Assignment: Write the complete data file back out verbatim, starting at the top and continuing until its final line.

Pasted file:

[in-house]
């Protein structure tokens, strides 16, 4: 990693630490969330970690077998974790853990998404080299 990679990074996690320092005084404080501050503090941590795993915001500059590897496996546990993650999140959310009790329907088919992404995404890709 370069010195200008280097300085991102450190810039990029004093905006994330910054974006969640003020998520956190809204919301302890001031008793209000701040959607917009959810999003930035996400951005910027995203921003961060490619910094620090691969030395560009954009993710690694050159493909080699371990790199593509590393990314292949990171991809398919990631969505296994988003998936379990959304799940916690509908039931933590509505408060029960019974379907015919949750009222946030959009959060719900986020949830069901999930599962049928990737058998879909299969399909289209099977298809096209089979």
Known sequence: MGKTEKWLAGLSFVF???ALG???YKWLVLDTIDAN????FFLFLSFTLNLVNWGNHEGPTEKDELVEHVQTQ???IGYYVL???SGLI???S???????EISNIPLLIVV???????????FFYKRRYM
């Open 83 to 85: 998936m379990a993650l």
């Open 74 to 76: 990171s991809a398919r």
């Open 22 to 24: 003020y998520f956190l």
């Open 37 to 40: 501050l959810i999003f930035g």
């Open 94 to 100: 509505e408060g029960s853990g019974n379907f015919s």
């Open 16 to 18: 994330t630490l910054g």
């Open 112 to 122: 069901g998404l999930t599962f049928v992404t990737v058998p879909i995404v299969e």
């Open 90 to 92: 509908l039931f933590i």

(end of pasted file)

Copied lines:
[in-house]
């Protein structure tokens, strides 16, 4: 990693630490969330970690077998974790853990998404080299 990679990074996690320092005084404080501050503090941590795993915001500059590897496996546990993650999140959310009790329907088919992404995404890709 370069010195200008280097300085991102450190810039990029004093905006994330910054974006969640003020998520956190809204919301302890001031008793209000701040959607917009959810999003930035996400951005910027995203921003961060490619910094620090691969030395560009954009993710690694050159493909080699371990790199593509590393990314292949990171991809398919990631969505296994988003998936379990959304799940916690509908039931933590509505408060029960019974379907015919949750009222946030959009959060719900986020949830069901999930599962049928990737058998879909299969399909289209099977298809096209089979």
Known sequence: MGKTEKWLAGLSFVF???ALG???YKWLVLDTIDAN????FFLFLSFTLNLVNWGNHEGPTEKDELVEHVQTQ???IGYYVL???SGLI???S???????EISNIPLLIVV???????????FFYKRRYM
């Open 83 to 85: 998936m379990a993650l």
């Open 74 to 76: 990171s991809a398919r």
């Open 22 to 24: 003020y998520f956190l």
């Open 37 to 40: 501050l959810i999003f930035g």
């Open 94 to 100: 509505e408060g029960s853990g019974n379907f015919s």
């Open 16 to 18: 994330t630490l910054g």
């Open 112 to 122: 069901g998404l999930t599962f049928v992404t990737v058998p879909i995404v299969e």
């Open 90 to 92: 509908l039931f933590i």